Kids had good friends to care for them so I gathered my things and hopped in the car with my dear one. We drove into the sunset and relished the wide open space. I putzed, napped, baked a cake and read while R. went back to work. The next day we decided to take a short canoe ride down the Rio Grande. I felt like a true princess watching someone else do the hauling and rowing, since I was being so good to follow doctor's orders!

The river was down from flood stage. The banks had been scoured clean by all the rainwater. The river carried us along and I felt peace. Perfect peace. No traffic. No bills. No calls. No planning or inventory or orders or laundry or meals. Canyons, instead. Calm flowing water, gurgling along, occasionally the ripple of a little rapid or the sound of a canyon wren or crow. The sun toasted my arms and I was glad for a hat.

The riverbanks were a beautiful terra cotta, smooth as could be. When we made our way around a bend, I saw a cluster of bright yellow flowers and wondered how in the world could they have survived the flood when all the other growth had been washed away? We neared the bank, and all of a sudden the cluster of flowers rose up like magic, fluttering around us! Thousands of bright yellow butterflies, taking a rest on the cool, moist riverbank.

I felt so lucky! So blessed! We were part of a magical yellow butterfly globe! Seeing the apricot leaves this afternoon makes me remember that sweet moment on the river and just thinking about it takes my blood pressure down several notches!

Friday, October 18, 2013

More Gardening

One Sunday afternoon in August, post diagnosis, but before heading to Dallas, I moped around, thinking I should just surrender and go to bed. But first a quick walk in the backyard. I saw yet another new garden bed, built for me by Raymond earlier that weekend. It was so lovely. Inviting. A blank slate next to the other vibrant beds, filled to overflowing with flowers and veggies.

I paused. Gazed at the lovely new spot. Marveled at how much I felt loved, knowing that R. had gone to all that trouble without my even asking. My sad, worried thoughts got crowded out by gratitude. I thought about how much effort he had put into that enlarged garden area and then thought about the seed packets that were stashed in a box a few feet away in the shed.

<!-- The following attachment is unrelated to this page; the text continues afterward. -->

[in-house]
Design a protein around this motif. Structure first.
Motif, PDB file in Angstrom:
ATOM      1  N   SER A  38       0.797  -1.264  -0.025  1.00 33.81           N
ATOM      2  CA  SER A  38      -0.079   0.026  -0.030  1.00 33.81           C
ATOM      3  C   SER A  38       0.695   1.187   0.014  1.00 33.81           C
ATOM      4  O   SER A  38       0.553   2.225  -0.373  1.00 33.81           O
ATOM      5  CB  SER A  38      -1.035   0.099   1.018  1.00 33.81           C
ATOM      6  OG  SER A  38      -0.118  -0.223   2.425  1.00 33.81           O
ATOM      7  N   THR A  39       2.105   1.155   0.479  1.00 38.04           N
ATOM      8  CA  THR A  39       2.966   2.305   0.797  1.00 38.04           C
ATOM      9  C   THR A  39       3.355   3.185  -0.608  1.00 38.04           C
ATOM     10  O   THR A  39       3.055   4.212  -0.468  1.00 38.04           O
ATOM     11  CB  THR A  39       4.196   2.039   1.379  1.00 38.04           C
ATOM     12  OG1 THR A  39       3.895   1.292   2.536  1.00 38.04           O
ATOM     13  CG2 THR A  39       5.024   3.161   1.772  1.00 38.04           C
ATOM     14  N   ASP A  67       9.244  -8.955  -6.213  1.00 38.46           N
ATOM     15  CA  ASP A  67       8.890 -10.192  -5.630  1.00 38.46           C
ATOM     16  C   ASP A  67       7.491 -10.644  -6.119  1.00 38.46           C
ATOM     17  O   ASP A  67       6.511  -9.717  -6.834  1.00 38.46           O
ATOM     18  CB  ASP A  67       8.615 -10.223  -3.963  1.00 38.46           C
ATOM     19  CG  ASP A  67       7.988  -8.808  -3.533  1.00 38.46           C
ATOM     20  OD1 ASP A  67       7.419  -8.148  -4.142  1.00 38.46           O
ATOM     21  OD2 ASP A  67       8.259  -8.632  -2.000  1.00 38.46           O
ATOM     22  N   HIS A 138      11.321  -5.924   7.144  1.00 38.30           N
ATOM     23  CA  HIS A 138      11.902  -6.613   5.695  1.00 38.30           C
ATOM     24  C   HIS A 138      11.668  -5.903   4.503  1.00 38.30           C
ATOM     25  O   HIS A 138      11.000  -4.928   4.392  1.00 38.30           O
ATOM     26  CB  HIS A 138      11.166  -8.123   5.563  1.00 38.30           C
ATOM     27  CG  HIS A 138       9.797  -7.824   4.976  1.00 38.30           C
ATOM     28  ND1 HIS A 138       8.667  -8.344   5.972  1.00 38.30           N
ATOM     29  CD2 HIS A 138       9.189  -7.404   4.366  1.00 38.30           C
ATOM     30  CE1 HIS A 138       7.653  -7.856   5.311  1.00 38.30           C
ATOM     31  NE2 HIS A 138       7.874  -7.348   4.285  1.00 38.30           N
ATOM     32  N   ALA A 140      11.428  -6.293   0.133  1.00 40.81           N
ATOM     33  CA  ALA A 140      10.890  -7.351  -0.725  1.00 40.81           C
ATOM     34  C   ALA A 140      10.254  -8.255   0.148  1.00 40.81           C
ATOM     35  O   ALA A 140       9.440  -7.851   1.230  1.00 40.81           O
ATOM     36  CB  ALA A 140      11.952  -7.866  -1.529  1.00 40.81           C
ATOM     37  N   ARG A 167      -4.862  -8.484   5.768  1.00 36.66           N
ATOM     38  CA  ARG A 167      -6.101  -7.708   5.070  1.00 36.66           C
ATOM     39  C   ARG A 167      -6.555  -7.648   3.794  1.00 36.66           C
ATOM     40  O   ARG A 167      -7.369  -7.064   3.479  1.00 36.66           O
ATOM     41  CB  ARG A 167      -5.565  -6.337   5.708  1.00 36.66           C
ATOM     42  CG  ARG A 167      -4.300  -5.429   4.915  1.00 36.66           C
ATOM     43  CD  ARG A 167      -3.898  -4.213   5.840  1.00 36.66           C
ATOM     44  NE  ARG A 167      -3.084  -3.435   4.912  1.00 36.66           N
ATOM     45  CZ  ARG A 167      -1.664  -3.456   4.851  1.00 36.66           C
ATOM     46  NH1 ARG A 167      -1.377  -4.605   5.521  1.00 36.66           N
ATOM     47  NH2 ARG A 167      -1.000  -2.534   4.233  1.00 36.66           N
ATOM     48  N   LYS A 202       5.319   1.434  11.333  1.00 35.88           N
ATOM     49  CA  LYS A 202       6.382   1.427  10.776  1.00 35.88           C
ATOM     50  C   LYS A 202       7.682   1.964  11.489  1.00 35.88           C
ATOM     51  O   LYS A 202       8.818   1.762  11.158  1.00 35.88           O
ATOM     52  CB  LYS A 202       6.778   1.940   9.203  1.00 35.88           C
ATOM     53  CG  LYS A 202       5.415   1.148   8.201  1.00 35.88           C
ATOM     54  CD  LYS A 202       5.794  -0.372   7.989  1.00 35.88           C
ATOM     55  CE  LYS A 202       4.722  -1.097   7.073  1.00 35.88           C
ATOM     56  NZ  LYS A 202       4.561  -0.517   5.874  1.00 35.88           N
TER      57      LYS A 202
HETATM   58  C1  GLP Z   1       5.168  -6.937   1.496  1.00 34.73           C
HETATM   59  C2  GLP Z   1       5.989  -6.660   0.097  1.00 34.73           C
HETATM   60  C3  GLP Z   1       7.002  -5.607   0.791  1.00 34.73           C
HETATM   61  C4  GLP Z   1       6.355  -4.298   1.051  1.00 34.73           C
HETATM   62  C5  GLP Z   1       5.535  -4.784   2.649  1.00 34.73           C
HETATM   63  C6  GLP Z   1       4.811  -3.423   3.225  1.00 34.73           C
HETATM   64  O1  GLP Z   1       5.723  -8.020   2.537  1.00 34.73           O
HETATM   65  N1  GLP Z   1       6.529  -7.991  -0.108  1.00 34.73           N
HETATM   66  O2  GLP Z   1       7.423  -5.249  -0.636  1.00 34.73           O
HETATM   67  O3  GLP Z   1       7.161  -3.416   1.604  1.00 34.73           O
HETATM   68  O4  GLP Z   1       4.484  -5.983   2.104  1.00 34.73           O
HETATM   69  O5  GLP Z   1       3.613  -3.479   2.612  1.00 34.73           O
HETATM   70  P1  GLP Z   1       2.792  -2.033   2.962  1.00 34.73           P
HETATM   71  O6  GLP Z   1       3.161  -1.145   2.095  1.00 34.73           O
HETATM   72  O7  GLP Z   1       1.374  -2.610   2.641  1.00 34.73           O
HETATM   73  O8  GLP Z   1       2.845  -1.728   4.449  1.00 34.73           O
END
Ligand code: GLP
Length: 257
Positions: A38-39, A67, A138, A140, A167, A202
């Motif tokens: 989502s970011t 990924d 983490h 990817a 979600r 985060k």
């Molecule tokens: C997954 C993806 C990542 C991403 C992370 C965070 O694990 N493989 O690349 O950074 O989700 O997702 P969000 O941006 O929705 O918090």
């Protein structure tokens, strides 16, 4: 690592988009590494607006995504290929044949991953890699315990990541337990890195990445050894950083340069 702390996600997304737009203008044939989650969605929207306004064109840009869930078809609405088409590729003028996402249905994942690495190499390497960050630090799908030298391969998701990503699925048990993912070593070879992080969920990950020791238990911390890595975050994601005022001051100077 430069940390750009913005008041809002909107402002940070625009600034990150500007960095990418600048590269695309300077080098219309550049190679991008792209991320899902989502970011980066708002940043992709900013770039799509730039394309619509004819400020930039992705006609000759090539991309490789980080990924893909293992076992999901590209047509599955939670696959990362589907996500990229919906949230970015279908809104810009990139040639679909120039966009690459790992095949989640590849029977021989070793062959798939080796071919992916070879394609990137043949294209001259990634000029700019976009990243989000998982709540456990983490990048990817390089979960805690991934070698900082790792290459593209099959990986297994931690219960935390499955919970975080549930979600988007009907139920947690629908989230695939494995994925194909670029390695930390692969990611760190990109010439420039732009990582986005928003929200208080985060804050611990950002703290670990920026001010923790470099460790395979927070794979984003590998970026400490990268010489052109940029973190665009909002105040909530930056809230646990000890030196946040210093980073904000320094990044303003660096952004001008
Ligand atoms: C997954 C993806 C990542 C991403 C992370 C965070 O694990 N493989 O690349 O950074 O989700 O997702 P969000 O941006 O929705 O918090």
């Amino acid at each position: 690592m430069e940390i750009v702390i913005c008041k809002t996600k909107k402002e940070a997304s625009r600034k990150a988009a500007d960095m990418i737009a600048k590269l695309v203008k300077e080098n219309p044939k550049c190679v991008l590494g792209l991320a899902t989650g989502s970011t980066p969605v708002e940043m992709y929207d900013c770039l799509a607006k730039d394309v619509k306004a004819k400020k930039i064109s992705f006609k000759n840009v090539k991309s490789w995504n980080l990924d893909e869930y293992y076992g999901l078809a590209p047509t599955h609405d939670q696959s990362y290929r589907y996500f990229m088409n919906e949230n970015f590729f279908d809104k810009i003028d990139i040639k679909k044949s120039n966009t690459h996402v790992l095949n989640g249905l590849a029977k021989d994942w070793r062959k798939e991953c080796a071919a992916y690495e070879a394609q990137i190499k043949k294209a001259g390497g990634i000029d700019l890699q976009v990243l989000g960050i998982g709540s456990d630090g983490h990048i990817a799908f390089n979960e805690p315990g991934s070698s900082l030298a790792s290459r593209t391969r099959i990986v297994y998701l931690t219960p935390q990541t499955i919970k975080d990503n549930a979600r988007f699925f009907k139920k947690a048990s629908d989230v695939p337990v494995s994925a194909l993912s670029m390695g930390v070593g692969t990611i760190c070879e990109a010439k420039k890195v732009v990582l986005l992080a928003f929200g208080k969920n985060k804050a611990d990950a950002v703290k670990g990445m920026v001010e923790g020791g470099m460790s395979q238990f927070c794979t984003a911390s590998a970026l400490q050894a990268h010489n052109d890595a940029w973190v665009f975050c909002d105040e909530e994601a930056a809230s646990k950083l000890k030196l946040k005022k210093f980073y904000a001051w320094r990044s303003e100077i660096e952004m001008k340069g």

Something in me stirred and I decided that instead of going to bed miserable and depressed, at four in the afternoon, maybe, just maybe, I could put in a few minutes effort and throw some seeds in to the freshly raked soil. I mean, really. If he had gone to such effort, surely I could muster up a little gumption.

So, within a half hour or forty five minutes or so, I had a couple of short rows of snow peas tucked in the ground. A few yellow squash. A couple rows of golden turnips. Lots of radishes and lettuce and arugula and cilantro.

I wiped the dirt of my fingers, stood up and felt whole. Picked a mess of green beans and jalapenos. Said a little blessing over the seeds, watered them in and hoped.

Fast forward a couple of months! We are now eating meals of turnip greens, arugula salads, lovely yellow squash, and eating snacks of fresh peas, right out there in the garden. And after we got back from the hospital, the green beans had played out. So had most of the tomatoes and cucumbers, so Raymond planted all sorts of new things in the original garden beds, under my instruction, sitting like a princess on the side of the beds! Broccoli, brussel sprouts, beets, spinach, chard, purple topped turnips, bok choy, lettuce, carrots. Everything came up! And they are growing beautifully in the temperate high desert, nice cool fall temperatures! We made a delicious soup out of chicken bones, all the usual ingredients, plus mushrooms, ginger, soy sauce, toasted sesame oil and our fresh bok choy!!!

What a gift.